What is Surgery for Diabetes
Interestingly, over thirty scientific studies say the answer to this question is yes! Metabolic surgery could be a cure for Diabetes
Let us be clear: Diabetes is not well understood and according to medical science there is no cure. However, the aim is to get the diabetes into remission, and this means normal blood sugar levels with no requirement for medication. This entails getting glucose levels back to normal, and stopping the complications of Diabetes, thus giving the body the opportunity to repair any damage.
A study in the JAMA (Journal of the American Medical Association) discovered that 73% of patients with diabetes who had gastric banding together with conventional therapy went into remission. In contrast, those who received only conventional therapy and went into remission only amounted to 13%. In 2004, a landmark study in JAMA involving over 22,000 patients who had bariatric surgery showed that:
- In 86% of people, diabetes was improved or completely resolved.
- In 70% of people, high blood lipids improved.
- In 78% of people, high blood pressure was improved or even resolved.
In addition, a study published in the Annals of Surgery noted that 83% of 240 patients who underwent gastric bypass surgery were actually cured of diabetes. And in the New England Journal of Medicine, a study concluded that the long-term mortality following gastric bypass surgery, particularly death from diabetes, was reduced significantly.
This means that metabolic surgery plays a huge role in the treatment of Type 2 Diabetes.
We understand that metabolic surgery places Type 2 Diabetes patients into remission.
However, we do not know how it works. There are theories, of course, including the thought that food being shunted directly to the lower intestine could stimulate glucagon-like peptide, a substance capable of increasing insulin production. Another thought is that the hormones which prompt hunger might be dulled because the anatomy of the gut has been rearranged, so with the craving for sugar being reduced, patients should be able to better manage their blood sugar levels. We are also not convinced of the ideal metabolic surgery type for treating diabetes.
There have been studies looking at the different surgery types, but until the perfect one is found, the laparoscopic RY Gastric Bypass is the best solution, because almost immediately after surgery it places the Type 2 Diabetes into remission.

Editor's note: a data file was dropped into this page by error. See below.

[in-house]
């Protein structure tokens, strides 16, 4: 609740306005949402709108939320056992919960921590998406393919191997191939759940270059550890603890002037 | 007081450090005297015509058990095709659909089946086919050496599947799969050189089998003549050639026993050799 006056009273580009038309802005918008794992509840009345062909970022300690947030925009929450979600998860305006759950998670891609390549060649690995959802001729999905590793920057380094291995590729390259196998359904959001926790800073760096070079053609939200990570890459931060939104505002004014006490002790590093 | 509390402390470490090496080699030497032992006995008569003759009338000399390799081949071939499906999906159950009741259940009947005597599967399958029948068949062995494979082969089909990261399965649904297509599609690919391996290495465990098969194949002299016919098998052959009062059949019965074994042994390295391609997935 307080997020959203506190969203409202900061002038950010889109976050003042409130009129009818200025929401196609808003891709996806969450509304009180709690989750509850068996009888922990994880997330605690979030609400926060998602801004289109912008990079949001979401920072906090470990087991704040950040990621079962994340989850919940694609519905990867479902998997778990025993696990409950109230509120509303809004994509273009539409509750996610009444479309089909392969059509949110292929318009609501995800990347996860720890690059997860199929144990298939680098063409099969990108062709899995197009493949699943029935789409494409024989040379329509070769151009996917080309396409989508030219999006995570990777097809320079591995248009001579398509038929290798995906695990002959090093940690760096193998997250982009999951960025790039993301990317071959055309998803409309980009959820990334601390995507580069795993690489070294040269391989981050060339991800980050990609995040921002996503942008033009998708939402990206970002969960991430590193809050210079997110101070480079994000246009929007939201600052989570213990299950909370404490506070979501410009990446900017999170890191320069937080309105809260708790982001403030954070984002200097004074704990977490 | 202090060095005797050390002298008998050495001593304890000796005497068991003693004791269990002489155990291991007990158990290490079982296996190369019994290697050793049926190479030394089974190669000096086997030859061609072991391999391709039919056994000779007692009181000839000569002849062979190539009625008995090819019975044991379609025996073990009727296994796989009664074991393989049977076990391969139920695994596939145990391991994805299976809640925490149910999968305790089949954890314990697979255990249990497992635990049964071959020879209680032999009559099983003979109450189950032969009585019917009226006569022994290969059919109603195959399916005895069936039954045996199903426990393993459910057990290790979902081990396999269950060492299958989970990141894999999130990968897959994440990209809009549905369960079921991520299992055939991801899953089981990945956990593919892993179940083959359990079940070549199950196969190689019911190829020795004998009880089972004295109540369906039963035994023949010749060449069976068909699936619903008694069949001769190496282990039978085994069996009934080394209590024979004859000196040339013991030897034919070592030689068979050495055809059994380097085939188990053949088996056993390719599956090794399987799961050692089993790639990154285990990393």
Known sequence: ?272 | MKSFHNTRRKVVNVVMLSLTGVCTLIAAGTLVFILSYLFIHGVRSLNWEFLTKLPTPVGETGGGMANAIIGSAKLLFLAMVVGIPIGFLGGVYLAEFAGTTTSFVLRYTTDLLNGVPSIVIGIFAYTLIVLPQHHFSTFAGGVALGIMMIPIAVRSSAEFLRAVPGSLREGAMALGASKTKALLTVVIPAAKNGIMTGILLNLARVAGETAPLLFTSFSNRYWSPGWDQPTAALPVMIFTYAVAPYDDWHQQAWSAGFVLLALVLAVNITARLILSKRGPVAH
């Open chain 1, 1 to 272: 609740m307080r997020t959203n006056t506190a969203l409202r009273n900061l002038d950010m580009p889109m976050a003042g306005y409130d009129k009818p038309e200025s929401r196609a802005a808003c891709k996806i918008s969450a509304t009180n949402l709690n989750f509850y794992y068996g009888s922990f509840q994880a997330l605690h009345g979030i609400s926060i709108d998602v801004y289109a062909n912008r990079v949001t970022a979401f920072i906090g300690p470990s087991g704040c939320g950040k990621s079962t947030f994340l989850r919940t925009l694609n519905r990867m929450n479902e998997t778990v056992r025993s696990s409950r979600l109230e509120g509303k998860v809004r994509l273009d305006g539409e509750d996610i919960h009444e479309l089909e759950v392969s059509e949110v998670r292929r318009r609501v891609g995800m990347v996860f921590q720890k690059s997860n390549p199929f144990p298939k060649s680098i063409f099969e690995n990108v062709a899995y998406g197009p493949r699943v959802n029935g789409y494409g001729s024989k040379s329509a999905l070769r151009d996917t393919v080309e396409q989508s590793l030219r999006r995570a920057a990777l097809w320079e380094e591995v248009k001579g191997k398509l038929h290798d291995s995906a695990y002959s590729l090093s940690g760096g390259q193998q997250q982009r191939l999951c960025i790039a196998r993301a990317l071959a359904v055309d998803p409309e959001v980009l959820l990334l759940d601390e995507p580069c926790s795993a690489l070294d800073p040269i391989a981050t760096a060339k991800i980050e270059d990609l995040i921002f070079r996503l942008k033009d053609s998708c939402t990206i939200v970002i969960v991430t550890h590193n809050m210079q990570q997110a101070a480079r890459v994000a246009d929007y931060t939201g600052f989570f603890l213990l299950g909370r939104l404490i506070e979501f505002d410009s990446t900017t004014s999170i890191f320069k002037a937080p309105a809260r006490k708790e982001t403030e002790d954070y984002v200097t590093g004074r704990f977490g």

A further question remains: When should the surgery be performed? Should it be done at first diagnosis of Diabetes, or later on when complications arise?
It would seem that sooner would be better in order to minimize Type 2 Diabetes complications.
Most metabolic surgeons with a lot of experience (that means they can perform the laparoscopic gastric bypass with a very low complication rate) will accept patients with Type 2 Diabetes and BMI of 30 or greater for metabolic surgery. It may be possible that people with diabetes who are not obese or even overweight could benefit from metabolic surgery. Conventional bariatric operations and use of experimental procedures are being examined increasingly in diabetic patients who are less obese, producing generally favourable results. However, further assessment of risk to benefit profiles is required.
There is definitely no question that you should put a lot of thought into metabolic surgery if you have Type 2 Diabetes and are morbidly obese with a BMI >35 Kg/m2. You should safely count on achieving an 86% remission of your diabetes, and the risk of death will be reduced by as much as 89%.
If you currently have Type 2 Diabetes, are overweight with a BMI of 30 – 35 Kg/m2, and you have any long-term complications of Type 2 Diabetes like kidney or eye problems, surgery is something you should seriously consider. There is a 78% chance that your diabetes could be improved, or even cured.
Diabetes Surgery in the news
INTERNATIONAL DIABETES FEDERATION (IDF) OPINION
- Type 2 Diabetes and Obesity are very serious and chronic conditions associated with complex metabolic dysfunctions, increasing the risk for mortality and morbidity.
- There has been a huge rise in the prevalence of diabetes and obesity, becoming a major global public health issue. It demands urgent attention from the medical community, health care systems, and Governments.
- Bariatric surgery is the appropriate treatment for patients with obesity and Type 2 Diabetes and who have not achieved their treatment targets with medical therapies only – particularly when there are other important co-morbidities.
- For patients with Type 2 Diabetes and a BMI of 35 or over, surgery could be the accepted option.
- For patients with a BMI between 30 and 35, surgery could be an alternative treatment option when diabetes cannot be efficiently controlled by an optimal medical regimen, particularly if there are risk factors for major cardiovascular disease.
- In Asian and other ethnicities where there is an increased risk, BMI action points could be reduced by 2.5 kg/m2. The mortality and morbidity associated with bariatric surgery is very low, similar to that of other accepted procedures such as gall stone surgery and elective gall bladder surgery.
- The bariatric surgery for Type 2 Diabetes has to be performed within the accepted national and international guidelines. This requires the following: proper assessment for the procedure, ongoing and extensive multidisciplinary care, thorough patient education, follow-up and clinical audit, in addition to effective and safe surgical procedures.
Further research is required in order to maximise the future and ongoing use of bariatric surgery as a therapeutic modality for Type 2 Diabetes.